1. Appraisers, do a better job.
  2. Agents, be ready to answer questions and provide market insight to appraisers when they ask you questions about one of your sales or listings. In light of low inventory, it’s critical to obtain insight from real estate agents – especially on listings. Also, here are some tips for talking with appraisers in an HVCC world.
  3. Borrowers and owners, if you’ve at the receiving end of a bad appraisal, ask the lender what their process is for doing an appraisal rebuttal or challenge, and then follow their guidelines. You may need to offer new comparable sales, market data or possibly obtain a new appraisal. If the lender is not willing to work with the new data, and you feel strongly the original appraisal is not accurate, you may need to switch lenders. Keep in mind the appraisal sticks with the property for 120 days if it is an FHA loan, but that’s not the case with a conventional loan. It may be worthwhile to consult with an appraiser who is a market specialist in your area also. The appraiser cannot advocate for your cause, but can provide unbiased market research for you. Here are some tips for how to challenge a low appraisal.
  4. Let’s remember that market value and price are not always the same thing – even when inventory is low. Despite multiple offers, we won’t always see properties appraise at or above contract price.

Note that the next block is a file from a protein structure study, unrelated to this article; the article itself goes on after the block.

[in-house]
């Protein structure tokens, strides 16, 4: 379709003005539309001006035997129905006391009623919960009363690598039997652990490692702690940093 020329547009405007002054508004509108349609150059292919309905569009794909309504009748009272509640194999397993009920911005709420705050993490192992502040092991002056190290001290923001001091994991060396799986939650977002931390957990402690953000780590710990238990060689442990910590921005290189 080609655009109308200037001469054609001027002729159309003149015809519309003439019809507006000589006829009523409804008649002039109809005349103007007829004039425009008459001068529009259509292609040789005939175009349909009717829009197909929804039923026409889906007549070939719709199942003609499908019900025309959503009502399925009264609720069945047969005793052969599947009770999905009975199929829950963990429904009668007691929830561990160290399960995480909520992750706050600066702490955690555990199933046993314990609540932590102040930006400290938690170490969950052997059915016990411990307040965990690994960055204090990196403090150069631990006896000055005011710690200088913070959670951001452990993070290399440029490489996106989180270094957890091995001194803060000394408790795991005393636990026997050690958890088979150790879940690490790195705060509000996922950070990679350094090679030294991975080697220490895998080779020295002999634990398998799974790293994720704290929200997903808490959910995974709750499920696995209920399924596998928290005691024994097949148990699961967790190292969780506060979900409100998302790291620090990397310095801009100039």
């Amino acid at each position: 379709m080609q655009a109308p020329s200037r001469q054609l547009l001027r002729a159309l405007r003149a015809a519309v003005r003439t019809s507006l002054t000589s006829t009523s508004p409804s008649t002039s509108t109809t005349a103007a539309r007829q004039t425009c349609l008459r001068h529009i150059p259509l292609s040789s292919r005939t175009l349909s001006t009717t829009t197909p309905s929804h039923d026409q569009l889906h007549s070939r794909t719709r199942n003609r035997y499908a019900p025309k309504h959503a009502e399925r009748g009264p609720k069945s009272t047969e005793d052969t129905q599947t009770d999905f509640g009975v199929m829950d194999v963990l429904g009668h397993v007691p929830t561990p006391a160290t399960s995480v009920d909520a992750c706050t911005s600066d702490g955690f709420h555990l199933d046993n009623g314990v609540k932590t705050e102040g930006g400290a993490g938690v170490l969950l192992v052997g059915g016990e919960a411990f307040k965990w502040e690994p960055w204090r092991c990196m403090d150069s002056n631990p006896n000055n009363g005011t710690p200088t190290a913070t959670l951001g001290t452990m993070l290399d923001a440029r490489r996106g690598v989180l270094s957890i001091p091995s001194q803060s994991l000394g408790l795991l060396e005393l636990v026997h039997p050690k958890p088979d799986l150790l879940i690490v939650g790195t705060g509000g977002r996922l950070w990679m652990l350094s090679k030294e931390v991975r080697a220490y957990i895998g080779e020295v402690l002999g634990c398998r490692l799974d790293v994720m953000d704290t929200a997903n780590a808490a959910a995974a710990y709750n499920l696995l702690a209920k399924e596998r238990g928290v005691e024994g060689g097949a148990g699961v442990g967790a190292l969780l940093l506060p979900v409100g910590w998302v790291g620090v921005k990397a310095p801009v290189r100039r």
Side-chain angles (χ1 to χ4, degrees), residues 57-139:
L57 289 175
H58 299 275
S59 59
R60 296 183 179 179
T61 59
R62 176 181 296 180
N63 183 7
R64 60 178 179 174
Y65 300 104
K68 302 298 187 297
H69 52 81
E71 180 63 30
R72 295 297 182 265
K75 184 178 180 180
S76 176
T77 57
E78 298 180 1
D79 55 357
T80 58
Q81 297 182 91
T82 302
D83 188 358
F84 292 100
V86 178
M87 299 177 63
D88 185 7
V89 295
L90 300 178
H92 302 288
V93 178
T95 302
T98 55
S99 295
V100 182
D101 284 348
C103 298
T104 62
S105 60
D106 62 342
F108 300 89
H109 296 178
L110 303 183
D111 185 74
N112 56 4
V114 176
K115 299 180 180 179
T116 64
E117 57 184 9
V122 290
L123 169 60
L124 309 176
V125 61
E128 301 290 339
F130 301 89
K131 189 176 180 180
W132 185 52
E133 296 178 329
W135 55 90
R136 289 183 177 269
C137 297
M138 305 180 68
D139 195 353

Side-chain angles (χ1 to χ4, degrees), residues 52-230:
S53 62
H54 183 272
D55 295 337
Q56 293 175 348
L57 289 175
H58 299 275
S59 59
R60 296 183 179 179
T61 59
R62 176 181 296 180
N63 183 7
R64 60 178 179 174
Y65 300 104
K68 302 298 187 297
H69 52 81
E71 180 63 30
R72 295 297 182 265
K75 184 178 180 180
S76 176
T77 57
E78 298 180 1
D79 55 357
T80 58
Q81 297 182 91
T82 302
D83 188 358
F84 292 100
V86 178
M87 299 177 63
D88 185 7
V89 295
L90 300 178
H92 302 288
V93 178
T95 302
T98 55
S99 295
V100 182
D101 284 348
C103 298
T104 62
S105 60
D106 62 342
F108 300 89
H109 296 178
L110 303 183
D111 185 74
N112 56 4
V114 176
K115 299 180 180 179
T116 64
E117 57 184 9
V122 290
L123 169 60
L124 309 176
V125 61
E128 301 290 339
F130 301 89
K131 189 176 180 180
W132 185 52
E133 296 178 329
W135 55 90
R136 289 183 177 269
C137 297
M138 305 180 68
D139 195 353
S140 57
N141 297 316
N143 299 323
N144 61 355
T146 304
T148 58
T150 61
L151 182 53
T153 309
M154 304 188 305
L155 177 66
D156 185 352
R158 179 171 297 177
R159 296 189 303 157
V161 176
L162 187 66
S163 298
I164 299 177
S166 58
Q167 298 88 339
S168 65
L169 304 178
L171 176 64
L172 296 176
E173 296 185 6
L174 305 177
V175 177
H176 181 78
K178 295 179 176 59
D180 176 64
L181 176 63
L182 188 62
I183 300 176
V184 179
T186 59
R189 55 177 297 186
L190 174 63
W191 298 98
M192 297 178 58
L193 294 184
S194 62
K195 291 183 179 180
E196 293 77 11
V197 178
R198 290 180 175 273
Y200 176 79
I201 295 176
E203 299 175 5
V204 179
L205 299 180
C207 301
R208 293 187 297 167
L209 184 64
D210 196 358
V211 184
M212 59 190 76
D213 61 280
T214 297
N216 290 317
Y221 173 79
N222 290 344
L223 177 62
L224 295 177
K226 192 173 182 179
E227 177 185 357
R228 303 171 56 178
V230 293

5. This market is not easy for anyone to interpret, yet it’s easy to blame various parties for a deal not working out – particularly appraisers. In the case above, the shoddy appraisal work was clearly to blame, yet that’s not always the case when a transaction goes south. All I’m saying is let’s give blame where it is due and when it is due, but be objective in our critique.

Any questions, stories or insight? Why do you think there is such a difference in appraised value in situations like this? I’d love to hear your comments below.

If you have any questions or Sacramento area real estate appraisal or property tax appeal needs, contact me by phone 916-595-3735, email, Twitter, subscribe to posts by email or “like” my page on Facebook


    • says

      Hi Rachael. The assignement wasn’t to give a precise value, but to review three appraisals and then give a broad conclusion of value. Value looks easily between 200-205K (possibly more). I wouldn’t bat an eye if I saw a sale at that level.

  1. Mark says